We’re told too much sugar is bad for us. But, how much is too much, and what kind of sugar is best?
The World Health Organisation recommends that sugar makes up no more than five percent of your daily calorie intake. For an adult of normal body mass index (BMI), that’s about six teaspoons or 25 grams per day. But a 2011-12 study revealed that Australians consume three to four times as much! If you’ve got a sweet tooth, that’s probably a conservative estimate so, hold the maple syrup and keep reading.
Sugar is everywhere!
Last year, Georgina and I joined I Quit Sugar’s 8-week program. We weren’t eating loads of processed sugar but we were curious to see whether eliminating ALL sugar – natural and refined – for a short time would improve Georgina’s eczema and energy levels. It helped a little but it wasn’t the ‘silver bullet’ we had hoped for.
The biggest takeaway was that sugar is EVERYWHERE but the secretive little bugger has a whole bunch of names, making it harder to recognise at a glance. According to University of California San Francisco, there are at least 61 different names for sugar, including:
- high-fructose corn syrup
- barley malt
- rice syrup
- sorghum syrup
- diastatic malt
- ethyl maltol
Is it just me or does it seem needlessly complicated?
During our eight-week experiment, we found sugar in all kinds of unlikely places: soy sauce, coconut yoghurt, bread, mayonnaise, mustard and sun-dried tomatoes. The most surprising place we found it hiding was peppermint tea bags. That one certainly left us scratching our heads…
Check the ingredients before you buy
If sugar is one of the first few ingredients, move on to the next product. And don’t be fooled by suggested serving sizes; unless you’re using measuring cups or kitchen scales, you may be eating more than you realised.
When checking food labels, bear in mind that not all sugar is created equal. Fructose is the stuff you really want to look out for because it’s broken down by the liver. Excessive consumption can increase the risk of type 2 diabetes, metabolic syndrome, cardiovascular and heart disease, and stroke.
Although most foods contain fructose, it’s possible to make healthy choices. For example, if I had to choose between a banana and a muesli bar as a mid-morning snack, I’d grab the banana; both are high in fructose but the banana is unprocessed and the fibre helps it break down more slowly, providing longer-lasting fuel.
Unfortunately, the more fructose you eat, the more you crave
So, if you’re eating a lot of high-fructose foods, consider cutting back. Start with four simple swaps:
Dates, honey and maple syrup contain 30-40 percent fructose. Swap these for rice malt syrup or stevia which are fructose free and will not spike your insulin levels. Stevia is a plant-based sweetener that is 300 times sweeter than table sugar so a little goes a long way!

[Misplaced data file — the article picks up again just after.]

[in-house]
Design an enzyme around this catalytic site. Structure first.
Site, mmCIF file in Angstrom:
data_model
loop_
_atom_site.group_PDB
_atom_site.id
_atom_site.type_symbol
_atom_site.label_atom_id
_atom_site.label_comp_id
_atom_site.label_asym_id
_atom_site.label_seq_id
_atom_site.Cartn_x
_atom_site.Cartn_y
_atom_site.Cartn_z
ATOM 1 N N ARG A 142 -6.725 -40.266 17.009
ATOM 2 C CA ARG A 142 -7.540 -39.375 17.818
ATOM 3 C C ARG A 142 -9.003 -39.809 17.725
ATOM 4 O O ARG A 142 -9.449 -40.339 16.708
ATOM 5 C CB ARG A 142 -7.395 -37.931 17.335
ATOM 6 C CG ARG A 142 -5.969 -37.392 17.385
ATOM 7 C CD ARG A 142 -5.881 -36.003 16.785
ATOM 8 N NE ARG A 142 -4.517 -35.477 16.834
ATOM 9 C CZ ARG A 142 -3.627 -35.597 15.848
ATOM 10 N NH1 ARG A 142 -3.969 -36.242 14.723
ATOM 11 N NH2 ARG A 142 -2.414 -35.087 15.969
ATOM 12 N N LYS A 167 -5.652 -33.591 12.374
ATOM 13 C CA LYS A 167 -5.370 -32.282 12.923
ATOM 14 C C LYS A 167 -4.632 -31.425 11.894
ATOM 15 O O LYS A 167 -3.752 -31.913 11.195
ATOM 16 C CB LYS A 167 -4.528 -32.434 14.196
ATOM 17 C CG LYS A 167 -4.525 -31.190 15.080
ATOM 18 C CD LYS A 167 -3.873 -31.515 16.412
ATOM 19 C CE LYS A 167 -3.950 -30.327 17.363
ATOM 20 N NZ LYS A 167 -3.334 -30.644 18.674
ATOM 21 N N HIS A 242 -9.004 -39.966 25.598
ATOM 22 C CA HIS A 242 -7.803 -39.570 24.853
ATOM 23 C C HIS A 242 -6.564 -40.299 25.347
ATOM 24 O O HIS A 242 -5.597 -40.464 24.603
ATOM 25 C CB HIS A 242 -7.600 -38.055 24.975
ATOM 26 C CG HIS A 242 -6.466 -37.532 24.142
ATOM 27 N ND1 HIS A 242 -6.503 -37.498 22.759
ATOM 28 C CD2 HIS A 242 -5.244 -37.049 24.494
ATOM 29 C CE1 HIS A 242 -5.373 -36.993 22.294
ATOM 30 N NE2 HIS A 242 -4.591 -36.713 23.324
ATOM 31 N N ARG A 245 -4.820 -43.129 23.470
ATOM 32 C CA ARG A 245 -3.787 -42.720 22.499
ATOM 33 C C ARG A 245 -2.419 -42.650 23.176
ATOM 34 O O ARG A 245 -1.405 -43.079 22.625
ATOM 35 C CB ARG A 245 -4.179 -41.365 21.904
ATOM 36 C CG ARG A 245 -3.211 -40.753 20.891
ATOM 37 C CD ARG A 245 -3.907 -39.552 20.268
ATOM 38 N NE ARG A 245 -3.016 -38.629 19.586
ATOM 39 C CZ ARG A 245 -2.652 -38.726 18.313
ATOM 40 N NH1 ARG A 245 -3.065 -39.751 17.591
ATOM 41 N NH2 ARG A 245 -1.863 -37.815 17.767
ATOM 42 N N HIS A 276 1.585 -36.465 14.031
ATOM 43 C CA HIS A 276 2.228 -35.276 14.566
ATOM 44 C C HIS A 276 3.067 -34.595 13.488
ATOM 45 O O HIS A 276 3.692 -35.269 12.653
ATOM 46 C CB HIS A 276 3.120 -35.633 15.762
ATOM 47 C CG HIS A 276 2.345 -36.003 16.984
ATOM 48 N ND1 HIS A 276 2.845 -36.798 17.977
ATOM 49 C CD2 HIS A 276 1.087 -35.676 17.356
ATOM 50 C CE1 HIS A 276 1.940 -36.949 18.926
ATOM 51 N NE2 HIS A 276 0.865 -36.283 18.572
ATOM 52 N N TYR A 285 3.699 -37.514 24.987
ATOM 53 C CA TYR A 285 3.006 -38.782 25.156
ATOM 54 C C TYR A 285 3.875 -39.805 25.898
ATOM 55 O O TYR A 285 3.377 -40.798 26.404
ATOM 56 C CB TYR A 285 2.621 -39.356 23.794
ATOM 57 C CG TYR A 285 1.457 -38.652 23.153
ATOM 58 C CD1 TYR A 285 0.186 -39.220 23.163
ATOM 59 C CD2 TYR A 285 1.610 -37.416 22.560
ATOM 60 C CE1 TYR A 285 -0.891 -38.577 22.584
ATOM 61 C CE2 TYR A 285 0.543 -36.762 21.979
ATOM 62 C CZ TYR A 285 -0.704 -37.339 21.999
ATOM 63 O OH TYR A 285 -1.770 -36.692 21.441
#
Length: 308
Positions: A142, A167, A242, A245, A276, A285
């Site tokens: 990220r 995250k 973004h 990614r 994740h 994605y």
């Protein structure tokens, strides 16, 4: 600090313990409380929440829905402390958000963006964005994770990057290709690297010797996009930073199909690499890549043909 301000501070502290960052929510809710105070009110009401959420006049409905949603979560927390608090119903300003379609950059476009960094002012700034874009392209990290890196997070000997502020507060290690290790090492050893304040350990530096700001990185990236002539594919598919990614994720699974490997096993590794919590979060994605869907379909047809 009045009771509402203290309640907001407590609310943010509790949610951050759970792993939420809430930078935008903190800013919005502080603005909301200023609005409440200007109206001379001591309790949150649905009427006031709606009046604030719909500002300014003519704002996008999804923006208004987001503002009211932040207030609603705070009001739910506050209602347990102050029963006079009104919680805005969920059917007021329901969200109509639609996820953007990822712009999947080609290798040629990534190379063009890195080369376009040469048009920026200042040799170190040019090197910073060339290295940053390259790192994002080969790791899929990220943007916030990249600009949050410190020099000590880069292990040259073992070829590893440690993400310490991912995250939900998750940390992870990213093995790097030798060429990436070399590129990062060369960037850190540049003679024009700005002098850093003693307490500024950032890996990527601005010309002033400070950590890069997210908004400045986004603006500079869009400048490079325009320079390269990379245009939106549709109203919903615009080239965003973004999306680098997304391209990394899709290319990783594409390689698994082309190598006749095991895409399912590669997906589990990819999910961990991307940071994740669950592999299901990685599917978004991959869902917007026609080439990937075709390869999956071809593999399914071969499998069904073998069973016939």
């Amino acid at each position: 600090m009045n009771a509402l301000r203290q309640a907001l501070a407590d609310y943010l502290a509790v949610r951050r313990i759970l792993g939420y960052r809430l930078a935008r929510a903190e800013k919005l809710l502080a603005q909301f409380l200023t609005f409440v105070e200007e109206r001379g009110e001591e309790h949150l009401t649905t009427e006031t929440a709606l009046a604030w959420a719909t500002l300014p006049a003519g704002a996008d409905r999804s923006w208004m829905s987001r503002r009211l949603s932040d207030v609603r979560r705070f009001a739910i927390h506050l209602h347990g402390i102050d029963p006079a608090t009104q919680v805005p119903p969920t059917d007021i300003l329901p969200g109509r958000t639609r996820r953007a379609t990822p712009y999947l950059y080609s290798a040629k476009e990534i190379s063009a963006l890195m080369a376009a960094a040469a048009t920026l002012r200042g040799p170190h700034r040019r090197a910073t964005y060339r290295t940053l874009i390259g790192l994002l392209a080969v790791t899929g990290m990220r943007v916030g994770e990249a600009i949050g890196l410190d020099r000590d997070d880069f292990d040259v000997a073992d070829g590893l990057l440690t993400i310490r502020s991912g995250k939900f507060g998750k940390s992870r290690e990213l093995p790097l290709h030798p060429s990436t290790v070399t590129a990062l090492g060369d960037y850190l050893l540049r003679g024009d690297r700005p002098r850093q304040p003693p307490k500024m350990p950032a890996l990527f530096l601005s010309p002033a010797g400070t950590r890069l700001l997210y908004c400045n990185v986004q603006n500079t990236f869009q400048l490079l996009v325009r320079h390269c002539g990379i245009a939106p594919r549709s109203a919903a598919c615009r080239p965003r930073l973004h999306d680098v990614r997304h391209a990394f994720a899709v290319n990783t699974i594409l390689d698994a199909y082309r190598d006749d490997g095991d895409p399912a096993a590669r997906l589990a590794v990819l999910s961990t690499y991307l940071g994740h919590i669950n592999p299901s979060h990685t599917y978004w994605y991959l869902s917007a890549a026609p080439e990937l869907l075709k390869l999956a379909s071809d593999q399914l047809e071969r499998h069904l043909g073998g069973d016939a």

2. Dried fruit, fruit juice and smoothies
Highly concentrated, dried fruits and juices can contain up to 20 times more sugar than the same fresh fruit. Plus, the fibre in fresh fruit is filling and takes longer to break down. Aim for one to two small pieces of fruit per day.
Bottled tomato and BBQ sauce are loaded with sugar. Try making them yourself so you can control the sugar content or opt for hummus, mashed avocado or greek yoghurt instead.
4. Soft drink
Did you know that a can of Coke contains 11 grams of sugar and a 500ml energy drink contains an eye-watering 53 grams? An occasional glass probably won’t have long-term health implications but if you drank a 600ml bottle of soft drink every day for a year, you’d consume 23 kilograms of sugar.
Earlier this year, the UK introduced a sugar tax to encourage manufacturers to reduce the sugar content of processed food and drinks. It will be interesting to see if Australia follows suit.
In the meantime, if you’re looking for sugar-free or low sugar alternatives, try:
- coconut water
- sparkling water flavoured with lemon or lime
- unsweetened iced tea (check out T2 for recipes to try at home)
- home-made kombucha
- natural sports hydration drink.
If you’re still bamboozled, the other tool you can use to make healthy choices is the glycemic index (GI) which ranks common foods using a scale of 0-100; the higher the number, the faster the food is digested and absorbed into the bloodstream. Look for foods that have a low to medium GI.
Curb your cravings
Keep the cravings at bay by incorporating healthy fats and protein into each meal. Foods such as avocado, oily fish, halloumi, eggs, seeds and nuts will satiate your hunger. If you are craving something sweet, reach for dark chocolate (min. 70% cocoa content) or try adding a pinch of cinnamon to your morning tea or coffee. Cinamon is thought to lower blood sugar levels.
We know cravings can be hard to kick (some studies show sugar is as addictive as cocaine!), which is why we’ve teamed up with a certified health coach and wholefoods chef to bring you a brand new package. The Transformation Package will help you take back control of your health so you can look and feel like a better version of yourself. Without our support and guidance you will:
- understand and learn how to reduce your cravings
- lose weight
- increase your energy
- feel better on the inside and out.
Get in touch with us to take the first step.